As a narrative history of Mexico’s “Yaqui Wars” of the nineteenth century, this second work of a proposed trilogy succeeds quite admirably. Two themes from the author’s earlier study, Missionaries, Miners, and Indians (1981) are carried on here. One of these themes is substantive. Yaquis enhanced the autonomy of their indigenous communities along the lower Yaqui River by fulfilling the labor demands of the sparsely populated Sonoran frontier. Virtually constant turmoil in southern Sonora throughout the nineteenth century underscores the fragile nature of this symbiosis between Indian worker and non-Indian employer. While there were substantial numbers of Yaquis who took part in this regional economy of mines and haciendas, there were also those who adamantly refused to volunteer for the rural proletariat. While some of the state’s hacendados were content to leave Yaqui territory alone, others coveted the rich alluvial lands. Some employers obtained an adequate labor supply; others felt slighted.

Were these the only tensions in Sonora, the history of Yaqui resistance and survival would be fairly straightforward. Hu-DeHart adds additional complications. There were struggles between Centralists and Federalists, between Liberals and Conservatives, between nationalistic Mexicans and those looking to the north for capital, expertise, and colonists to develop Sonora’s latent wealth. Finally, during the economic expansion of the Díaz years, there were demands for labor on the henequen plantations of Yucatán. To the dismay of Sonoran hacendados, now largely oriented toward production for export but at odds with the inner Porfirian circle, Yaquis were deported to meet these demands.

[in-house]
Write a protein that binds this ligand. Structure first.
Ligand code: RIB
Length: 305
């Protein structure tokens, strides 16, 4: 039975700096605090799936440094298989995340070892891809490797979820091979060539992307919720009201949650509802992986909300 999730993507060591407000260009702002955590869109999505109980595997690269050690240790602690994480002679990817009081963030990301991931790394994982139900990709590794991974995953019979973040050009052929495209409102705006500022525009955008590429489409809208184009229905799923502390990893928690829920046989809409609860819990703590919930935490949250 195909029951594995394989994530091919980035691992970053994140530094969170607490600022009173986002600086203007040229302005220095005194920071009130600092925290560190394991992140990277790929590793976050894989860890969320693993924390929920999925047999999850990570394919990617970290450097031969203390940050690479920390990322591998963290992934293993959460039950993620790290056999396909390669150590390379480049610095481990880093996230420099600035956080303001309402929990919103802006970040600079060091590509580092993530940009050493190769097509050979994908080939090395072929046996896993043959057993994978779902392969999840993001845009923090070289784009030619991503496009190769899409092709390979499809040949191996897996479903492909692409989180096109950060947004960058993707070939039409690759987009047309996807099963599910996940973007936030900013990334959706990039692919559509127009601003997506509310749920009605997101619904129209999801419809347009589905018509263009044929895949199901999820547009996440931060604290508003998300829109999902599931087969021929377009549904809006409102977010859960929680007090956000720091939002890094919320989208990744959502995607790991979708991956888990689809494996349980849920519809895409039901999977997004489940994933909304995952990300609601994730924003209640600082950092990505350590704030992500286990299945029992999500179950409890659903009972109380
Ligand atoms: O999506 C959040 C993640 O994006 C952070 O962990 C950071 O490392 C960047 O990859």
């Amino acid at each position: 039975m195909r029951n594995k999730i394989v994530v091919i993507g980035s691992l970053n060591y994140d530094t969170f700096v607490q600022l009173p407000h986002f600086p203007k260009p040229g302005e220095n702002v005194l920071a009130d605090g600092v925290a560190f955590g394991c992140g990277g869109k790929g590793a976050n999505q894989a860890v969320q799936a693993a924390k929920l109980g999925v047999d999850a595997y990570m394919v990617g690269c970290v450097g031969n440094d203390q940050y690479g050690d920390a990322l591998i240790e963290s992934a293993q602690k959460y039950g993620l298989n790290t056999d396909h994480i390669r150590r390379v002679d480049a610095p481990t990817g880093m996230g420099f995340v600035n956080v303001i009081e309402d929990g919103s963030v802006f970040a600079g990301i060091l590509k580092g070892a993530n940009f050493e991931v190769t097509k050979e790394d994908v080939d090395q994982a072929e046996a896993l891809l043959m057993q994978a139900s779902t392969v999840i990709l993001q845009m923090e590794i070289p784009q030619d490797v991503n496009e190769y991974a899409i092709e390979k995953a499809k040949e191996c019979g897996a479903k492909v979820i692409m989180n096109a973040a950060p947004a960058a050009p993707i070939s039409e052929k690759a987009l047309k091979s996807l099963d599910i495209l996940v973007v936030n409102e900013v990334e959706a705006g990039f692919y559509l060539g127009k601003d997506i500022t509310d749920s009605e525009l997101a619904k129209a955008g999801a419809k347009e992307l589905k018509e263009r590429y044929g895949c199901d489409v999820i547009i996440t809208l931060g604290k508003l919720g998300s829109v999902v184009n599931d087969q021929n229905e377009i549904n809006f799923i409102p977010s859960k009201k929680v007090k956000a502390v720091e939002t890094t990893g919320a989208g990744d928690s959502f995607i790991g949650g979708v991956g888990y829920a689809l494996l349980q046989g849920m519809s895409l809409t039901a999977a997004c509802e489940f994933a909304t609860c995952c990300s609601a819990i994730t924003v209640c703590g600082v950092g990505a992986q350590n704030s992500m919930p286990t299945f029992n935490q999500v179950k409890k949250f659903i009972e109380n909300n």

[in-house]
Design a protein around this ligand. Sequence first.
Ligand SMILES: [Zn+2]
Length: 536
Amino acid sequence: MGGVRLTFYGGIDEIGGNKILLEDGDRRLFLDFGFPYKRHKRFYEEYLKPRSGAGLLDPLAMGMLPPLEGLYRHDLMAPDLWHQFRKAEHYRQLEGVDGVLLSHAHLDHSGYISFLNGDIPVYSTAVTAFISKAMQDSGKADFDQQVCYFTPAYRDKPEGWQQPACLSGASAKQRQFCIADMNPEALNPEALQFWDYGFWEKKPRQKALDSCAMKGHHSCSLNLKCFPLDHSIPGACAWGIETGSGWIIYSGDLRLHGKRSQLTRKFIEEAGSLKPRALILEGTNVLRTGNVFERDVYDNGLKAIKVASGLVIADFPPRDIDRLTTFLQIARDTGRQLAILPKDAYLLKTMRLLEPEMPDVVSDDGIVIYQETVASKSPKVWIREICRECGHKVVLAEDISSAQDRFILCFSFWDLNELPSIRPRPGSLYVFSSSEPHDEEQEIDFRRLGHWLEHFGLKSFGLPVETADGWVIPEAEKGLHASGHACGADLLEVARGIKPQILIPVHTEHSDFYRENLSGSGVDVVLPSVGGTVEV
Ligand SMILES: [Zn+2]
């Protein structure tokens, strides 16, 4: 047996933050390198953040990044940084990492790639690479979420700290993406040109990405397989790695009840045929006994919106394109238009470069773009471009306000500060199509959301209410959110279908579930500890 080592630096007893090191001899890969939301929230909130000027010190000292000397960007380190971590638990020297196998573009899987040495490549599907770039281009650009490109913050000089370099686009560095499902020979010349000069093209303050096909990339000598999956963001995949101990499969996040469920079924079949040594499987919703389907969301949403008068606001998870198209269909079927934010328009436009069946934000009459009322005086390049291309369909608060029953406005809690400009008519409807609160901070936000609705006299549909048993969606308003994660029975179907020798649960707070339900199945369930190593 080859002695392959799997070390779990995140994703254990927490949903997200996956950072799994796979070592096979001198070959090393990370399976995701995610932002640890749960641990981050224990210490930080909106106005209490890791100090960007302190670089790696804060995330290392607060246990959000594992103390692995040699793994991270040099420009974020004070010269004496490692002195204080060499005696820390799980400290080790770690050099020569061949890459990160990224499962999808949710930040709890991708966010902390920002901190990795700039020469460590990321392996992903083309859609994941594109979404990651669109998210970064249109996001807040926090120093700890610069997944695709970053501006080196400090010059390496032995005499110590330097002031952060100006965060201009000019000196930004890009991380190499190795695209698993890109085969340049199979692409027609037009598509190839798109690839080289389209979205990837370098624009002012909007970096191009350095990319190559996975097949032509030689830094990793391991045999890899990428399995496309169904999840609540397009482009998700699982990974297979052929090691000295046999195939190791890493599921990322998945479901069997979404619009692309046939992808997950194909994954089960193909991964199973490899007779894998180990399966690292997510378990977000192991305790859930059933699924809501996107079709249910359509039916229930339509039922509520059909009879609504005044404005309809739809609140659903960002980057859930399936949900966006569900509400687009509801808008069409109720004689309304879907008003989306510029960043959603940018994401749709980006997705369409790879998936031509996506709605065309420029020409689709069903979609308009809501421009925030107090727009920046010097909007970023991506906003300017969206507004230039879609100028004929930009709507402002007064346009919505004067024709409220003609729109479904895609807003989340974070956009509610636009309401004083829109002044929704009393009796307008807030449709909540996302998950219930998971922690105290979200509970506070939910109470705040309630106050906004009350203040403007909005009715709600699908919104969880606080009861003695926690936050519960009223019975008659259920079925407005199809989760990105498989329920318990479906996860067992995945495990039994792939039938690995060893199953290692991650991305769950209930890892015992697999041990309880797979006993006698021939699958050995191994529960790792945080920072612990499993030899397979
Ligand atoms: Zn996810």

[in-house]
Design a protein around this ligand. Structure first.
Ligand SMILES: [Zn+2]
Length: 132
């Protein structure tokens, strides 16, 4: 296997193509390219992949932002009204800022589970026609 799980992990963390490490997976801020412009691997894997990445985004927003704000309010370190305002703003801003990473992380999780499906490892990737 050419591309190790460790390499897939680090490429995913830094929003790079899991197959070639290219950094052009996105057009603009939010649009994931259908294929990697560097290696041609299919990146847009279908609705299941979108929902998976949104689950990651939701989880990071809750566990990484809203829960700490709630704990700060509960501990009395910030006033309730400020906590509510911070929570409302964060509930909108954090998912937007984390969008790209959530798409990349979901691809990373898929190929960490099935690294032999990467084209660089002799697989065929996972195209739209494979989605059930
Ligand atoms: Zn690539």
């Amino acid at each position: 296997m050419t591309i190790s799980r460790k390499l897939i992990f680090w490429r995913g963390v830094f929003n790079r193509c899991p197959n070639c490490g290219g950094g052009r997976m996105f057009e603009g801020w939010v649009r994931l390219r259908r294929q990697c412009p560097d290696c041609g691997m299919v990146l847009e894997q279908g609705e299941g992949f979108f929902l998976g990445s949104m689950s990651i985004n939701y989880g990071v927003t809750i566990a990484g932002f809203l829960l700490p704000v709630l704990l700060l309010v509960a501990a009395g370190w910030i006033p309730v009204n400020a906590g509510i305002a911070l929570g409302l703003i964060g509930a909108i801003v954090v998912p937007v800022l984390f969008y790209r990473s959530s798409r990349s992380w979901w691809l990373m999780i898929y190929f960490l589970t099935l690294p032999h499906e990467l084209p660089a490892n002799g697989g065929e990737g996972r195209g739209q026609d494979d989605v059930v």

Hu-DeHart seeks to bring order to these political, economic, and social complexities. The organizing focus is a typology of Yaqui resistance: partial accommodation, autonomous or self-reliant rebellion, and expedient alliance with larger political movements. The typology falls short of its appointed task. Necessary and sufficient causes, the “internal and external circumstances” (p. 5) for producing one mode of resistance or another, are not clearly isolated. Part of the problem lies in the complexity of external forces through nineteenth-century Sonora. Part lies in the inherent difficulty of understanding Yaqui motives and actions. Here Hu-DeHart expands on the second, methodological theme of her previous study. She reiterates her skepticism as an archivist of ever writing the history of what Eric Wolf calls a “people without history.” Thus she admits to a necessary weakness in describing Yaqui society and culture, “anything about their lives that did not have direct bearing on their dealings with their adversaries (p. 9).” The author fails to acknowledge the asymmetry here. The culture of Sonora’s power-holders, which, as Hu-DeHart correctly observes, was much more complicated and differentiated than Edward Spicer suggests, had much to do with the elites’ dealing with their Indian adversaries. To presume, for lack of written records and nineteenth-century ethnographic observations, that Yaqui culture had little direct bearing on the continued pattern of resistance is to severely underplay the force of ethnicity in political action. As a military and political history of southern Sonora, the book is superb. As an interpretation of Yaqui resistance and survival, it is incomplete.